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Film Talks: 15 Conversations on Experimental Cinema.


A new book published by Contact

Edited by Andrew Vallance and Simon Payne. 320 pages, Fully illustrated in colour.

With a foreword, 'Speaking Of', by Jonathan Walley. 

Film Talks is an edited collection of unique conversations on experimental cinema from a range of eminent and emerging film and video makers. The book represents a contemporary snapshot on the ways in which experimental cinema is perceived by its practitioners, often in relation to other art forms, moving image culture at large and wider social issues. It is an invaluable guide for those keen to immerse themselves in the insights and perspectives that only artists can offer.


  • Simon Payne and Andrew Vallance: ‘Back and Forth’

  • Jonathan Walley: ‘Speaking Of...’

  • Ute Aurand and Nick Collins: ‘Places and Portraits’

  • Jenny Baines and Bea Haut: ‘Misbehaving Materials’

  • Amy Dickson and Annabel Nicolson: ‘Letters on Light’

  • Karel Doing and Francisca Duran 'Ecology: Ethics and the Unintelligible'

  • Helga Fanderl and Nicky Hamlyn: ‘Discovering the Pro-filmic’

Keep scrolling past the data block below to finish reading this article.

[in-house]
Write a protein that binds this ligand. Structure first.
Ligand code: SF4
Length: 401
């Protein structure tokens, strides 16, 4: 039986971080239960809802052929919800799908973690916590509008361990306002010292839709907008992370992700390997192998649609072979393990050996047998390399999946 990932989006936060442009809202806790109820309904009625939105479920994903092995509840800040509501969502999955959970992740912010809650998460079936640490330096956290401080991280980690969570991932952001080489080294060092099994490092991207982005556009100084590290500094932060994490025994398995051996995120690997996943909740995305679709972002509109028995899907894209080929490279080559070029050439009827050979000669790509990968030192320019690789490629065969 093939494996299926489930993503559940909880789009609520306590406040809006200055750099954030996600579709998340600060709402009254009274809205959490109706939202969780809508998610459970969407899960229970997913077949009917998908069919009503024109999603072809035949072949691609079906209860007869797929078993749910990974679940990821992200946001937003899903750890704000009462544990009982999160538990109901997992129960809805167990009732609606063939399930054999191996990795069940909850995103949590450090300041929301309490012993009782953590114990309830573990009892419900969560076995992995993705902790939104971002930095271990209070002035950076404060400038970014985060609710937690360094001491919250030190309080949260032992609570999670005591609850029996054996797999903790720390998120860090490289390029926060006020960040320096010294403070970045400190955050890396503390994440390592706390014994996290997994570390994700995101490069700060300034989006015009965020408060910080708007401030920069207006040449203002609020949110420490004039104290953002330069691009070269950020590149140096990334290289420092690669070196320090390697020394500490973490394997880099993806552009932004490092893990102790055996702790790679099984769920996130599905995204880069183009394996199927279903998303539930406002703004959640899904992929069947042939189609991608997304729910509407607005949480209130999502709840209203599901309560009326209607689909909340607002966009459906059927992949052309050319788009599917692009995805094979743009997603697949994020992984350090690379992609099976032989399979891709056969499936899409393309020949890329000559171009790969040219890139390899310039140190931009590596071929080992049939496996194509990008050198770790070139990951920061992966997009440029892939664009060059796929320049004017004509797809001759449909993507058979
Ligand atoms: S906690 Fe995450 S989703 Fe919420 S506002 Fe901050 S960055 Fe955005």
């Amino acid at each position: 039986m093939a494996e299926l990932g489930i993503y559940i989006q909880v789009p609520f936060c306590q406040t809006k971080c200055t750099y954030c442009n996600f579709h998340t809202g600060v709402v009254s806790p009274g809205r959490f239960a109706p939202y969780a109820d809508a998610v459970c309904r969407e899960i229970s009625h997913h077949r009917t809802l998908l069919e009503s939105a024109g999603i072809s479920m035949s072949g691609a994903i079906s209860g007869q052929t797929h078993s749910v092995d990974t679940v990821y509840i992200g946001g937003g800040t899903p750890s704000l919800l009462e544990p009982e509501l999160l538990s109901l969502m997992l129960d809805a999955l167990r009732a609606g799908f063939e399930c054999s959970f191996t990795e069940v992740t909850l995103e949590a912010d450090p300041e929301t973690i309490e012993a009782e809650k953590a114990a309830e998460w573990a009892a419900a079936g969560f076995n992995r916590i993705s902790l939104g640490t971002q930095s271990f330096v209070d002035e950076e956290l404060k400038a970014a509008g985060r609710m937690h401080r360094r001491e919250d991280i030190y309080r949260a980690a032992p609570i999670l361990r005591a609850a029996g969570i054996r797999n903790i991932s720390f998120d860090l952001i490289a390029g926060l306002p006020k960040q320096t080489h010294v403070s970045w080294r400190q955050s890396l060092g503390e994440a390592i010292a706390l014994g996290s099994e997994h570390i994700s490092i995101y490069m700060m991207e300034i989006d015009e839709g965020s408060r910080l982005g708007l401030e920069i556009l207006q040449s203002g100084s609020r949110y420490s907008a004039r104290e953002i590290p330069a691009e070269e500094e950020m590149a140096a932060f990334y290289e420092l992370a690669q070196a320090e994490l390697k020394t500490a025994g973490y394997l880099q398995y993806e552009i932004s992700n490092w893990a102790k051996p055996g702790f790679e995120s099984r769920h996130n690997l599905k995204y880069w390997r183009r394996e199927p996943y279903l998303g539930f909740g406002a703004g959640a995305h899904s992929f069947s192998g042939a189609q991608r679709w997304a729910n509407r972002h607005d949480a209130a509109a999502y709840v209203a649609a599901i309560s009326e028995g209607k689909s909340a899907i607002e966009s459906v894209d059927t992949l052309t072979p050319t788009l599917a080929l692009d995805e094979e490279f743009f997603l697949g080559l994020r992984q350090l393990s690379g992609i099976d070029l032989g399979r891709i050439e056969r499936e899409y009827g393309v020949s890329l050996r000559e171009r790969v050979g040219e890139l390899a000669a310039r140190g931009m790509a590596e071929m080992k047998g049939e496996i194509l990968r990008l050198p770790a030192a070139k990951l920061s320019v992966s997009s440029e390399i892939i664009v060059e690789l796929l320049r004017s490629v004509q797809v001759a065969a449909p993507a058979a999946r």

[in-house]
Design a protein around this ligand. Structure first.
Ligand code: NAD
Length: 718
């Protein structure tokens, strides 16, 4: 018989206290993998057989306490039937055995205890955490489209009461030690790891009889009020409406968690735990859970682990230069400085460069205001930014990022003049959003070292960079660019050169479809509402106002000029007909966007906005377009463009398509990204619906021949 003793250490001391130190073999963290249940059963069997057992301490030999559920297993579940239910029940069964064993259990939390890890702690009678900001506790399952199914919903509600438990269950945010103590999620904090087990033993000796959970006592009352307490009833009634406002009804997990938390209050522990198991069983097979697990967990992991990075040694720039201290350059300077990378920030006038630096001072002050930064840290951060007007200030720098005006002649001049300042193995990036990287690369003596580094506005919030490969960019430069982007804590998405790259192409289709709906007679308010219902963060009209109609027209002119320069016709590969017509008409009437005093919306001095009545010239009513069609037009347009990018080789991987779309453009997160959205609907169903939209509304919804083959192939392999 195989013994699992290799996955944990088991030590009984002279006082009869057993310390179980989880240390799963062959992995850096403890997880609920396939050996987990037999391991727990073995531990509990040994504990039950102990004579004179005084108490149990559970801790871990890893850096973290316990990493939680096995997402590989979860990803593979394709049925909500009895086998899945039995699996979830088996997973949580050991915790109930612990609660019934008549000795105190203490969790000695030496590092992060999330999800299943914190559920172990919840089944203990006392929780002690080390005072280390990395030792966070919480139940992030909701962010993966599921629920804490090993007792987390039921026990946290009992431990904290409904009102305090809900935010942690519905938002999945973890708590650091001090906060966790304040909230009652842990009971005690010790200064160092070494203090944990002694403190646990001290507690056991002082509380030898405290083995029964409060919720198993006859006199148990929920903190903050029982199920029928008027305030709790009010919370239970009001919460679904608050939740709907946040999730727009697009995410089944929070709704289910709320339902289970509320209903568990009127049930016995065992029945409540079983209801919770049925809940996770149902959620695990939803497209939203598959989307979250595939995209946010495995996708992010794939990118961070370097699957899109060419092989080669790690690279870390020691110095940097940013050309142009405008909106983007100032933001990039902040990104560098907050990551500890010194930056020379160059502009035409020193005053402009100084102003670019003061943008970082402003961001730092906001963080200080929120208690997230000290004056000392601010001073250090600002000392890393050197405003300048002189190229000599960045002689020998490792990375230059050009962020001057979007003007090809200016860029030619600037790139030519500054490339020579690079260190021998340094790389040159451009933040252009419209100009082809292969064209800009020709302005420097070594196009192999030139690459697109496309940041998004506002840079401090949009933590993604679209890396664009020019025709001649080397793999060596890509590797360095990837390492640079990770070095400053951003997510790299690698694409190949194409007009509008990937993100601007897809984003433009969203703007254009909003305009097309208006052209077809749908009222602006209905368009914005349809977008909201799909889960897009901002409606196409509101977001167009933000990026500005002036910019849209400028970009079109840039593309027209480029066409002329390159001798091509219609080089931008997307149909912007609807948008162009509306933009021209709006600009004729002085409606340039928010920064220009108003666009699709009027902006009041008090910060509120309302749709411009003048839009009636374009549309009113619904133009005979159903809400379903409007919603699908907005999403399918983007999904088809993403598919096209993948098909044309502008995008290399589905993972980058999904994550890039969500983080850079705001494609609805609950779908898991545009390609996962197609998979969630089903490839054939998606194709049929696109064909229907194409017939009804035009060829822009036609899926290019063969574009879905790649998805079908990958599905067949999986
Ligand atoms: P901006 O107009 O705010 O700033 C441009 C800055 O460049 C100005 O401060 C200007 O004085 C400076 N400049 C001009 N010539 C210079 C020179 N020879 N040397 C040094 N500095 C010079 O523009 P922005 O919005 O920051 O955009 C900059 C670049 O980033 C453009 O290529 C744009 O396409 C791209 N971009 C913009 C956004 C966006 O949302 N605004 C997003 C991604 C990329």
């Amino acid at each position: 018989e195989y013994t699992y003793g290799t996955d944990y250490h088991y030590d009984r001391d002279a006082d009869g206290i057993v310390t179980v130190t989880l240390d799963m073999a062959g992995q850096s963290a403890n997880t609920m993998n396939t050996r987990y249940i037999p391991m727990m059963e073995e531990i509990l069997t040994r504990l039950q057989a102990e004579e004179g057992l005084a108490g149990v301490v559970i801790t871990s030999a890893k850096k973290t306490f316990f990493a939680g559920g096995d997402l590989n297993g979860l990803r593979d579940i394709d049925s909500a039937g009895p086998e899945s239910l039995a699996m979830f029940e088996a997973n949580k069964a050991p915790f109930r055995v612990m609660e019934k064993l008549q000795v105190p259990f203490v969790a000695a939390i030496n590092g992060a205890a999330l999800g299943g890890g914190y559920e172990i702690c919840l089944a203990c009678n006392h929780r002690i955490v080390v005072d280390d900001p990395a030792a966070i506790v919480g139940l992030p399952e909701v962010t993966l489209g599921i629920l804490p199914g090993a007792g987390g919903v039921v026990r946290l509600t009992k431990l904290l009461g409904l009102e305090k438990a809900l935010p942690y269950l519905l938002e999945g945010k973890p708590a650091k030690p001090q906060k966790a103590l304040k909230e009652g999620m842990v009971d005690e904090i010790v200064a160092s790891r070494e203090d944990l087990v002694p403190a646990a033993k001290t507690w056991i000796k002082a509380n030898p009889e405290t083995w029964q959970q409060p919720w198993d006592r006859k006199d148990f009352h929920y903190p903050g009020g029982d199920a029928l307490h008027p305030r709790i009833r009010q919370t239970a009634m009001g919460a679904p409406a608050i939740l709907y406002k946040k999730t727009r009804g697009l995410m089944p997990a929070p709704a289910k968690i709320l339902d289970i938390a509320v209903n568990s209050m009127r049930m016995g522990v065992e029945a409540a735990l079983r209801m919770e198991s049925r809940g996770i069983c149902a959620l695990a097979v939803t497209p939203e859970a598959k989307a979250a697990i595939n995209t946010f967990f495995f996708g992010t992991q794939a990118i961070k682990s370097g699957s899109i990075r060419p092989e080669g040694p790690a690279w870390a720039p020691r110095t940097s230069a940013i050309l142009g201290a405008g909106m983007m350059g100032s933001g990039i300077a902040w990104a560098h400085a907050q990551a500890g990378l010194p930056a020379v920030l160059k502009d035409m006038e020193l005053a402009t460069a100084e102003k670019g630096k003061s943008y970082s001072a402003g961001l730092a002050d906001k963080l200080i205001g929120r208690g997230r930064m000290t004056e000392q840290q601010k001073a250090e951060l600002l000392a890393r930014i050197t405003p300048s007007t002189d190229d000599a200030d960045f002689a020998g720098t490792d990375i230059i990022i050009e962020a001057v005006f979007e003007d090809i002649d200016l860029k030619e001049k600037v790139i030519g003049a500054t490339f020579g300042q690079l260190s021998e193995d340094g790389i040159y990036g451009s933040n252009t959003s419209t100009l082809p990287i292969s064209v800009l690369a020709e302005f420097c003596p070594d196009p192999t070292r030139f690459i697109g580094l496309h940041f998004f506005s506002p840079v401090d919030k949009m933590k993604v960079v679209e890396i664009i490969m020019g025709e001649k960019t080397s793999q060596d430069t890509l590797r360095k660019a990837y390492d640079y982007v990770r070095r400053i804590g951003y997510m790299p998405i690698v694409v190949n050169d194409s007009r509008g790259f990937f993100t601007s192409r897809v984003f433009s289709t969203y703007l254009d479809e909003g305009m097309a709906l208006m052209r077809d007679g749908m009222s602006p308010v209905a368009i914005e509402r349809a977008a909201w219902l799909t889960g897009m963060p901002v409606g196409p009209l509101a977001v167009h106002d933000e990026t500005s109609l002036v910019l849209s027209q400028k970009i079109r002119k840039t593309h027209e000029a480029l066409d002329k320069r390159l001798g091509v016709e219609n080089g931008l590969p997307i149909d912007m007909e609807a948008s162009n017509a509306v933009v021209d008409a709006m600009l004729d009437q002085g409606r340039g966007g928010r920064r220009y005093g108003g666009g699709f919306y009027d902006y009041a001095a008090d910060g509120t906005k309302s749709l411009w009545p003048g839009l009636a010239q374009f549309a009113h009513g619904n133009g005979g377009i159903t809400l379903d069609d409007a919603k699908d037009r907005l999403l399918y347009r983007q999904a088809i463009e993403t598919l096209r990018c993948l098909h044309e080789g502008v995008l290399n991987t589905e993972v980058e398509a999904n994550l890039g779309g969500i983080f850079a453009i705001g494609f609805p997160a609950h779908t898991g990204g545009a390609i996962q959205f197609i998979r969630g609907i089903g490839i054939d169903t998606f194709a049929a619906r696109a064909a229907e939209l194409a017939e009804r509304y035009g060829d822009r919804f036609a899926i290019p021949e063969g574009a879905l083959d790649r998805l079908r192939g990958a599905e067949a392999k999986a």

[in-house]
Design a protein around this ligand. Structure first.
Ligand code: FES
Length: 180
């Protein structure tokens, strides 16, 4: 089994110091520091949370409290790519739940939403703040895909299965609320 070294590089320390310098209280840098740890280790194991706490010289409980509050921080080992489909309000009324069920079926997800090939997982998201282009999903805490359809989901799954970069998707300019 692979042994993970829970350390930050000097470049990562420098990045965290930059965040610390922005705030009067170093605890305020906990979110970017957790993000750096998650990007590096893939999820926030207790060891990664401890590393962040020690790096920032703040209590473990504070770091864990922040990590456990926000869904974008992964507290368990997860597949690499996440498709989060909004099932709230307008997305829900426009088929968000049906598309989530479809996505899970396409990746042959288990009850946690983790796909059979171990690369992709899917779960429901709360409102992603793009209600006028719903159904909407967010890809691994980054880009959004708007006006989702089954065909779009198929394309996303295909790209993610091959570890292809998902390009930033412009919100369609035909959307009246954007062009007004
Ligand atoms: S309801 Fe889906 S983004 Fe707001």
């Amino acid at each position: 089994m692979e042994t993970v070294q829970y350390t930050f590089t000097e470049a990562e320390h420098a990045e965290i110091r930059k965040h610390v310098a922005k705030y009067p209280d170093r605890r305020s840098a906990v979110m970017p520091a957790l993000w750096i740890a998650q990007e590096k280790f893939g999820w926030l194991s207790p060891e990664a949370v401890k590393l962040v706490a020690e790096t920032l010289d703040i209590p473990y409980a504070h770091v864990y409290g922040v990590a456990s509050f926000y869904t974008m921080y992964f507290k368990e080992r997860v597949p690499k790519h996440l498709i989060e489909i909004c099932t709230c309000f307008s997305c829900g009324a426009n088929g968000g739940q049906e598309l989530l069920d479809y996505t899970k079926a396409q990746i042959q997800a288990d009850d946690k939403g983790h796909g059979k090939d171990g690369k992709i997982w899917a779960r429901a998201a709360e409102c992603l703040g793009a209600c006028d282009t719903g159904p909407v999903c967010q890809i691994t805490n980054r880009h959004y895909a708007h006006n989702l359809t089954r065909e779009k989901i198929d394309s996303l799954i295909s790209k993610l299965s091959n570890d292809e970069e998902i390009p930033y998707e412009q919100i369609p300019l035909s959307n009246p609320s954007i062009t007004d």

• Neil Henderson and Andrew Vallance: ‘The Wind in the Trees’

  • Jasleen Kaur and Alia Syed: ‘Staring at the Artex’

  • Malcolm Le Grice and Chris Welsby: ‘Landscape, Science and Uncertainty

  • Lynn Loo and Guy Sherwin: ‘Working Together in Expanded Cinema’

  • Bruce McClure and Greg Pope: ‘Skipping the Clock Back / it goes without saying’

  • Jennifer Nightingale and Rose Lowder: ‘Charts, Frames and Other Insights’

  • Jayne Parker and Simon Payne: ‘Scores and Structures’

  • William Raban and John Smith: ‘Made in London’

  • Lis Rhodes and Aura Satz: ‘Voice Has Time Within It’

  • Cathy Rogers and Vicky Smith: ‘Touching with the Eye’

‘The unfinished experiment of media arts is dialogical because they are so dependent on their infrastructures: disconnect the electricity supply and there is no art. Their materiality is far more material than the painted canvas. In the media arts, ecology and technology are inextricable from human society. Their dialogue is not restricted to human languages; but they say what they say to one another through the apparatus of the moving image where we can have a privileged glimpse into their interweaving. What is there to say here that’s not better said by two film artists talking through, with, in each other’s works?’

- Sean Cubitt, Professor of Screen and Cultural Studies, University of Melbourne 

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